While volunteering at the Arts Academy, a society serving those with disabilities, I noticed the boys participated in activities not otherwise available to girls. Many girls had issues making friends, while the boys seemed comfortable with each other. To improve the girl's situation, I started the first girls’ basketball team. Many families were against the girl's participation as they believed sports were for boys. By explaining the mental and physical health benefits of participating, I successfully convinced half of the families. The girls became more confident and self-sufficient. I felt accomplished, not just because I taught them basketball, but because they'd become friends. This experience taught me compassion, commitment, and how to work with people from different backgrounds.
3. What has been the one most important volunteer work you have done and why was it meaningful? (800 char)
My experience volunteering as an EMT has been instrumental in understanding the significance of serving the community. One night, my team was dispatched to an accident at a busy intersection. The firemen on scene explained that one of the drivers was barricaded and could not move his leg. While the police officers directed traffic, a fireman retrieved the Jaws of Life tool to pry the door on the barricaded car open. At the same time, I helped the paramedic slide the trauma board into the car from the passenger’s side. The ease with which each team member at the scene fulfilled a role contributing to the wellbeing of the patient was inspiring. I finally understood what it meant to be a part of the medical team.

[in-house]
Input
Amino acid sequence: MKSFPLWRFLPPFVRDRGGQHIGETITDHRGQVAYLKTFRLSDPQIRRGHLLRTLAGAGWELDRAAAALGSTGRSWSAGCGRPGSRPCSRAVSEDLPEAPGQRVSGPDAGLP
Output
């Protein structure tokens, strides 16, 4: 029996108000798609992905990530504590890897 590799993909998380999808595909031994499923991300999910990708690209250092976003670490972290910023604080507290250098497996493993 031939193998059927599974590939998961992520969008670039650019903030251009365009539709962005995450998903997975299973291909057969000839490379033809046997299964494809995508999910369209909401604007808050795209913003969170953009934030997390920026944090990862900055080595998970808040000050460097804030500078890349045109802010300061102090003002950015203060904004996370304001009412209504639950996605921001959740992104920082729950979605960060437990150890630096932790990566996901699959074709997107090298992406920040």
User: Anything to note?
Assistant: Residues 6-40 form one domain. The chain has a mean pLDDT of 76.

4. Has there been or will there be a gap between achieving your last degree (baccalaureate or other degrees post baccalaureate) and the expected time of medical school matriculation? (300 char to explain if yes)
I first applied to UCLA in the 2017 application cycle. Unfortunately, shortly after, my family and I were informed that my father needed a liver transplant that summer to treat his cirrhosis. I respectfully withdrew my application as I decided it was best to take the next year to be with my family.
5. What is the one most important honor you have received? Why do you view this as important? (300 char)
My junior year of high school, I received the St. Francis award. The award is meaningful because it is presented to 1 student from each class voted by the students and faculty for displaying “Strong Moral Character, Desire to Serve Community and Proper Use of God-Given Gifts.”
6. What has been your most scholarly project (thesis, research or field of study in basic or clinical science or in the humanities)? Describe one and give number of hours, dates and advisor. (300 char)
I gave a presentation on creating personalized medicine using patients’ microbiomes for the 2019 Summer Microbiology course I took. This gave me an appreciation of using science to solve real-world problems. The presentation took 15 hours to create. The professor of the lab was Dr. Cate Nightly.
7. Describe a problem in your life. Include how you dealt with it and how it influenced your growth. (500 char)
I was a nomad, living in China, Japan, Malaysia, and America, changing elementary schools five times. When I moved to Japan, I was bullied because I did not speak Japanese. Once I conformed culturally and linguistically, the bullying ceased. I realized that societies need to be more welcoming to different backgrounds. I learned to accept my past in order to improve the future, vowing to help outsiders and encourage values that enhance cultural diversity.
8. Section to enter major work experiences, with 4000 char. to explain each experience.